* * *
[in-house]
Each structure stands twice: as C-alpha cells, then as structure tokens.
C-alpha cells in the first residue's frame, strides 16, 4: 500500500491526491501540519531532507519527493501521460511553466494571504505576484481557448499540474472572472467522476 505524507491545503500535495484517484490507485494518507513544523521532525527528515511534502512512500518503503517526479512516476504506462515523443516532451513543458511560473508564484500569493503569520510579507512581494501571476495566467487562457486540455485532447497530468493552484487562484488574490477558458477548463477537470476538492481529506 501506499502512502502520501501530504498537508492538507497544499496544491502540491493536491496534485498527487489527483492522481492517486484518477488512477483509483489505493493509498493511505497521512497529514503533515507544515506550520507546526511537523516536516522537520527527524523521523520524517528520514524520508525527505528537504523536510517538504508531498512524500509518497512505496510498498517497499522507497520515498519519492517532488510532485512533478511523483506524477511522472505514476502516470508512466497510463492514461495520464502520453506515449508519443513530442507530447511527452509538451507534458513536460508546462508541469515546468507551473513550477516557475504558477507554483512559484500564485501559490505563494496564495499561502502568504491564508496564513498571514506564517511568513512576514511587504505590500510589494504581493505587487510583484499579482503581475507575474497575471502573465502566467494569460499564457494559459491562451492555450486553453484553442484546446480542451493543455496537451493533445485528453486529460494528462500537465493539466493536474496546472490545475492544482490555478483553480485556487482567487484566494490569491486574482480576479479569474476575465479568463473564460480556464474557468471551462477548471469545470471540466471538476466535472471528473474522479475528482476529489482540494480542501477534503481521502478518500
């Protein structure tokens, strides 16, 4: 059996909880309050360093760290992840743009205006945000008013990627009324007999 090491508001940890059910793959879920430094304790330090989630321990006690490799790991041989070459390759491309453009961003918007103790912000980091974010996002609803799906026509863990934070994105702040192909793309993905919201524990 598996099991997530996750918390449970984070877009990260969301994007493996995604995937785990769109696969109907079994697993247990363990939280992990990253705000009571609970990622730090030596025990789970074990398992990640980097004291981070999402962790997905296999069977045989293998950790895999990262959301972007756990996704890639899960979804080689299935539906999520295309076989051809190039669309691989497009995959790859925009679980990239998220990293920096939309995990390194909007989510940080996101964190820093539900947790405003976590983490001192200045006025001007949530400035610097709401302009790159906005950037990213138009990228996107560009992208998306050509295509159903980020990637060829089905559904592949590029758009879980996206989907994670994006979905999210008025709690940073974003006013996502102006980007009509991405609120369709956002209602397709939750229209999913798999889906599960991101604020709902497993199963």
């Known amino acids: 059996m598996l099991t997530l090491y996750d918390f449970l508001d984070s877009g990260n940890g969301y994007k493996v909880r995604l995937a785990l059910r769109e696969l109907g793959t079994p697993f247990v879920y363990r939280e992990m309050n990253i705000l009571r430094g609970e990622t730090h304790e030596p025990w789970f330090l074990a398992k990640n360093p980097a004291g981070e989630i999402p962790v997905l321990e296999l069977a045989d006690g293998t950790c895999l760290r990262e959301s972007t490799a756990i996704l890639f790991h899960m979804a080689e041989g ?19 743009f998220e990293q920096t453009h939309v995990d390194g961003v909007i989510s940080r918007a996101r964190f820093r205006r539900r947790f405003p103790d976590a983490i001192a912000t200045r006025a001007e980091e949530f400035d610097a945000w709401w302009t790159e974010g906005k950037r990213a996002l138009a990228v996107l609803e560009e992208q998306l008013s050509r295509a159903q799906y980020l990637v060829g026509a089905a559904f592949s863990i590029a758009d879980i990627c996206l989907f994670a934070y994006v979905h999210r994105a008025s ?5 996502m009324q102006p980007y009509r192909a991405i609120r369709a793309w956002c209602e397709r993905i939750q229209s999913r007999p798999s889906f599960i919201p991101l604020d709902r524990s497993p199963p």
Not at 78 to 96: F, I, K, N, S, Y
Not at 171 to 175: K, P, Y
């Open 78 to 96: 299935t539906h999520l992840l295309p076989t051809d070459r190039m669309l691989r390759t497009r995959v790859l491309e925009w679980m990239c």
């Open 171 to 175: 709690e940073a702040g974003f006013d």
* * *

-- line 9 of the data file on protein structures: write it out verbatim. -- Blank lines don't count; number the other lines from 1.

């Open 171 to 175: 709690e940073a702040g974003f006013d």